How to Avoid Not Having A Website Backup
Create a schedule to regularly backup your website.
3. Insecure Logins
The WordPress login is the most attacked and potentially most vulnerable part of any WordPress site. By default, there isn’t anything built into WordPress to limit the number of failed login attempts someone can make. Without a limit on the number of failed login attempts an attacker can make, they can keep trying an endless amount of usernames and passwords until they are successful.
Your WordPress login is a lot like the front door of your house. Without a lock on your front door, it would be easy for anyone to walk right into your home, start moving your furniture around, smashing your stuff, and stealing your TV. It only makes sense to add a lock to your front door to make it harder for a would-be thief to break into your home.
How to Avoid an Insecure Login
Use a WordPress security plugin to limit invalid login attmepts.
4. No Protection Against Automated Bot Attacks
A bot is a piece of software that is programmed to perform a specific list of tasks. Developers create a set of instructions that a bot will follow automatically without the developer needing to tell them to get started. Bots will perform repetitive and mundane tasks way faster than we can.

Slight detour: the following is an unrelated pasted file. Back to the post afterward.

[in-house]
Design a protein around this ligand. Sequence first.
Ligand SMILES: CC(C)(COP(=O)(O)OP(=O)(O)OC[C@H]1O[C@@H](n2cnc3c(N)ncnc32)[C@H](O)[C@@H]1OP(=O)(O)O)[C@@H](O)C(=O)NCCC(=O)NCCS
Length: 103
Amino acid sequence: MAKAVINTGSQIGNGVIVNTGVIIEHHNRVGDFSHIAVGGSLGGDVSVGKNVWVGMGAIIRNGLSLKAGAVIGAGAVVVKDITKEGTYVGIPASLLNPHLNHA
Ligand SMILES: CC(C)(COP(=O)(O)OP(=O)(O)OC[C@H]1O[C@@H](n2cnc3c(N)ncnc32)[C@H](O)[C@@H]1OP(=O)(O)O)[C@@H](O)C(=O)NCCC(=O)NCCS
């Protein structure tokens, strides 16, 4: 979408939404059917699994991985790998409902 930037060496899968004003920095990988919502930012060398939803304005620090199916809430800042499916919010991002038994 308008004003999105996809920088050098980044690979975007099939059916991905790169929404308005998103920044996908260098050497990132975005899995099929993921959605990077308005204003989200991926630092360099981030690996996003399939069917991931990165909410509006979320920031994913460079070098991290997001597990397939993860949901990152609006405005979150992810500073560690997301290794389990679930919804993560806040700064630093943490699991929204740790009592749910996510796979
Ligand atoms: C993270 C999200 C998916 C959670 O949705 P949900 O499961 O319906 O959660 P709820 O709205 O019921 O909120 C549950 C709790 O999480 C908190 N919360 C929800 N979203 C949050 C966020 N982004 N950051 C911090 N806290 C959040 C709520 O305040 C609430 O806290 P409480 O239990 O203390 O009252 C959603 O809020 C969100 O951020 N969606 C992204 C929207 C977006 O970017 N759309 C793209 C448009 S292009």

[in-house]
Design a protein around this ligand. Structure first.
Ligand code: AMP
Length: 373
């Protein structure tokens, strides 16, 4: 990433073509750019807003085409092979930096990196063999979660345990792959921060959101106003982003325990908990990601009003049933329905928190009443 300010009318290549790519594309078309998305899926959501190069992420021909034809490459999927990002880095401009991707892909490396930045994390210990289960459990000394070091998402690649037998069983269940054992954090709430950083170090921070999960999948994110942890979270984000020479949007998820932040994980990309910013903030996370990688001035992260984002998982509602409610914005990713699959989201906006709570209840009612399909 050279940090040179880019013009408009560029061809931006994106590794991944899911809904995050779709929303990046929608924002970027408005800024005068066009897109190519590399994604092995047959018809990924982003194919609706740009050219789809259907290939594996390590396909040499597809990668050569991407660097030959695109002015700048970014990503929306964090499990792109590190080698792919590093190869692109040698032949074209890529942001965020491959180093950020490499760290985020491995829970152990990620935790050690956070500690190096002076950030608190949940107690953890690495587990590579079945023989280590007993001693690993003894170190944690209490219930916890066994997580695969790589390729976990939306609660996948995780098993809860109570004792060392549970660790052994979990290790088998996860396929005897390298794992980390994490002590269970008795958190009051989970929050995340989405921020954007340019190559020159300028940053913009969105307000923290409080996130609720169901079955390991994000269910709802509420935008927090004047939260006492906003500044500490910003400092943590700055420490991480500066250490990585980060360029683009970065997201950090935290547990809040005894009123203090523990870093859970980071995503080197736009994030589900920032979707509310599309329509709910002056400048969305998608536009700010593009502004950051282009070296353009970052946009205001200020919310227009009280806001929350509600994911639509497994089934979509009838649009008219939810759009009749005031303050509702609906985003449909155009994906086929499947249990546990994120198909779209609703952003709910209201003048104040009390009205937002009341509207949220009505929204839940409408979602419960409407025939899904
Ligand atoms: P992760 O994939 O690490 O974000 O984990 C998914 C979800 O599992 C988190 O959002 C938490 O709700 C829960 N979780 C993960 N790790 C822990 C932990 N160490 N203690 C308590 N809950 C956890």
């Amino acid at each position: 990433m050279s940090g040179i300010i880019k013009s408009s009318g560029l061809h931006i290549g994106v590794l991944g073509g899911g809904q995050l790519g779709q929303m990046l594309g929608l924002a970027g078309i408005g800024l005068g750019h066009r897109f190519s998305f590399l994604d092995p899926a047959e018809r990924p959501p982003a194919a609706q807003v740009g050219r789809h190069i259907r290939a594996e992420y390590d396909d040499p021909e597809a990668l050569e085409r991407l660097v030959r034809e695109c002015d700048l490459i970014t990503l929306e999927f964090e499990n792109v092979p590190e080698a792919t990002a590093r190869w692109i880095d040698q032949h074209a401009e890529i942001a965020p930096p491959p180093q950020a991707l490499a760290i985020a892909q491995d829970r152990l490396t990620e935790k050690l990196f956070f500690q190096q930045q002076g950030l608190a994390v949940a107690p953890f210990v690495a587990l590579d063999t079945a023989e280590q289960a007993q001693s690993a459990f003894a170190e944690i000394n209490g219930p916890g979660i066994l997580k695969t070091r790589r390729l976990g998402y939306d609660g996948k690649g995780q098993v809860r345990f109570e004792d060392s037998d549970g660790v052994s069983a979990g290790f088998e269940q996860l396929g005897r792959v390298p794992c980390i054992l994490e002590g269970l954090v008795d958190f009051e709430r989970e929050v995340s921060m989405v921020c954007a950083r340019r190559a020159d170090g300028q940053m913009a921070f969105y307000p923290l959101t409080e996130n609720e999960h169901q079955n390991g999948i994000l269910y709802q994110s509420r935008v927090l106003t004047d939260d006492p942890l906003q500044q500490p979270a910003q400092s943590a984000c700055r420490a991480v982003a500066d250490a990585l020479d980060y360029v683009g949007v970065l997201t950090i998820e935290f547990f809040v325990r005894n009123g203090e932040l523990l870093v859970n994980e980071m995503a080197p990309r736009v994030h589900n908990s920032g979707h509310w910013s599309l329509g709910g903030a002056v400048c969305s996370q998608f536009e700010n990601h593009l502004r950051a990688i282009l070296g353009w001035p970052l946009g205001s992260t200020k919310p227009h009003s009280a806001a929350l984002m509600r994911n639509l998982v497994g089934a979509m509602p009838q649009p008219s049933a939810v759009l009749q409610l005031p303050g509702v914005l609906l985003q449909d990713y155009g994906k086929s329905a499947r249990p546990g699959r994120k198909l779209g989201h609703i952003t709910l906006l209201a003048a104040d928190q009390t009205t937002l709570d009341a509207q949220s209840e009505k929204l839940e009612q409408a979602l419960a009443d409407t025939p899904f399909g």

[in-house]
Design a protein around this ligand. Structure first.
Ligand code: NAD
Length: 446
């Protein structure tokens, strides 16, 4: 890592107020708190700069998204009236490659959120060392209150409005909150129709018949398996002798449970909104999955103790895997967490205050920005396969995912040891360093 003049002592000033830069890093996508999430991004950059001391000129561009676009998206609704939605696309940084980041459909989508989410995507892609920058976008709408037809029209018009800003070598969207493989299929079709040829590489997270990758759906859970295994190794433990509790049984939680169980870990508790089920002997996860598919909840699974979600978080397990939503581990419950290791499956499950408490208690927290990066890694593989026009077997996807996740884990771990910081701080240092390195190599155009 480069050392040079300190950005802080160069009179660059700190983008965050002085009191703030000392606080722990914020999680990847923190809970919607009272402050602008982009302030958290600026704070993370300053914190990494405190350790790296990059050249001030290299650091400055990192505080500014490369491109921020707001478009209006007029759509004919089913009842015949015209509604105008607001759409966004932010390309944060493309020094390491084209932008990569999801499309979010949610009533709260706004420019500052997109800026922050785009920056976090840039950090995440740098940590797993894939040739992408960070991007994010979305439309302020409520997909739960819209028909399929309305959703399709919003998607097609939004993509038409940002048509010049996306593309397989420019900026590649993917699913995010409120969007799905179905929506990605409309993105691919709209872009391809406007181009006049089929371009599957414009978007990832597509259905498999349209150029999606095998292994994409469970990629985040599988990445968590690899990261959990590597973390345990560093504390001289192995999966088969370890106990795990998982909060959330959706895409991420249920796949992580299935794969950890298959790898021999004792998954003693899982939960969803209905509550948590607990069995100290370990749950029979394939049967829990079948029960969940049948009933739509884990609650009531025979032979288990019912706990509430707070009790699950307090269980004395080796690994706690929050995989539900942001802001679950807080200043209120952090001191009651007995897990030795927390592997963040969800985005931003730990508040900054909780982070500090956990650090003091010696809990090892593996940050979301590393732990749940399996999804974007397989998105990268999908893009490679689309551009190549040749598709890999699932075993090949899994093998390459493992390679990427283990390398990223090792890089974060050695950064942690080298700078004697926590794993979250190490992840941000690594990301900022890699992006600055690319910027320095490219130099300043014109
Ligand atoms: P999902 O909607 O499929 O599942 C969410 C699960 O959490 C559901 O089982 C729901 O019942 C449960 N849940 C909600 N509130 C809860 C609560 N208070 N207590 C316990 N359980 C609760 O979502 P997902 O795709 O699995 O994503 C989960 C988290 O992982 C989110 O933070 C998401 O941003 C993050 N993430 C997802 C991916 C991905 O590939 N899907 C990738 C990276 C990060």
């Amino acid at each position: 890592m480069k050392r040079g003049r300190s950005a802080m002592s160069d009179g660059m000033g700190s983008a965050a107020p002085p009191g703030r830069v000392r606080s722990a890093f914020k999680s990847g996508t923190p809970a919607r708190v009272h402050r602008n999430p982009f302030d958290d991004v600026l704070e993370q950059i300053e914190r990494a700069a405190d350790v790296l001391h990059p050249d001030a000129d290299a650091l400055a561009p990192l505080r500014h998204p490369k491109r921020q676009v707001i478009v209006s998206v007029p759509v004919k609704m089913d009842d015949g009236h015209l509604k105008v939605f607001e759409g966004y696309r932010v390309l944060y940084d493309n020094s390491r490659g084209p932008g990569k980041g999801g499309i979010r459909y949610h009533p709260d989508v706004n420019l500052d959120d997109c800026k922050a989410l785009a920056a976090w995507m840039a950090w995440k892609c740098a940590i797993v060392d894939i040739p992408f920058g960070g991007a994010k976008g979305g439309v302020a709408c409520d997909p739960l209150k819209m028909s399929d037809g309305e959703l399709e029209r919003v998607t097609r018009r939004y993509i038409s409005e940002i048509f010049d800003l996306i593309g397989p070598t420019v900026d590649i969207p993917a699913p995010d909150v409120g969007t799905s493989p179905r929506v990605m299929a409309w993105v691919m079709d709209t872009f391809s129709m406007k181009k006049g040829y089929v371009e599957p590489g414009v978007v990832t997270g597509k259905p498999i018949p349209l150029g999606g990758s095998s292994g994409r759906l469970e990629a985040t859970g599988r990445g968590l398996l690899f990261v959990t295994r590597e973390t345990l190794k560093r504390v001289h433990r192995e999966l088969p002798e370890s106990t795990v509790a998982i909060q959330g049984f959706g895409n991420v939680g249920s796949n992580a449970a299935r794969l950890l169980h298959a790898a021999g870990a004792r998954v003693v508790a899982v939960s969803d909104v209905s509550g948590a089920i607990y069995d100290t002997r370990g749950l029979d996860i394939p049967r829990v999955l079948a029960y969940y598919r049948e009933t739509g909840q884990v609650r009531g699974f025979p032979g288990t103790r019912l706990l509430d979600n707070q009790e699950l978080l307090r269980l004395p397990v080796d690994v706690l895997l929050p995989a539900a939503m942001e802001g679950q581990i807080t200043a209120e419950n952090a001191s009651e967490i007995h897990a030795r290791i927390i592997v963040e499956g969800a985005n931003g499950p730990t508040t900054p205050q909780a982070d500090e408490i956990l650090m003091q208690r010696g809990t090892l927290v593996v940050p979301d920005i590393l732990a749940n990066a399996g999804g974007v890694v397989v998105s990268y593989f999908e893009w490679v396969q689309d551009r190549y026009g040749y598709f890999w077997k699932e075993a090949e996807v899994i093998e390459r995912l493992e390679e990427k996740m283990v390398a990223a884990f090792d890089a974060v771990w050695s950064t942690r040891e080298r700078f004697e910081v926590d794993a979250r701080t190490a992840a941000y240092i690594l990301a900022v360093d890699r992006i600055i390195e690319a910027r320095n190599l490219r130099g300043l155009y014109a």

Some of these bots are programmed with nefarious motives like:
Brute Force Bots scour the internet looking for WordPress logins to attack.
Content Scraping Bots are programmed to download the contents of your website without your permission. The bot can duplicate the content to use on the attacker’s website to improve their SEO and steal your site traffic.
Spambots muck up your comments with promises of becoming a millionaire while working from home in the hopes of sending your visitors to malicious websites.
How to Avoid an Automated Bot Attacks
Avoid this WordPress security mistake by using automated bot protection like Google reCAPTCHA on your website.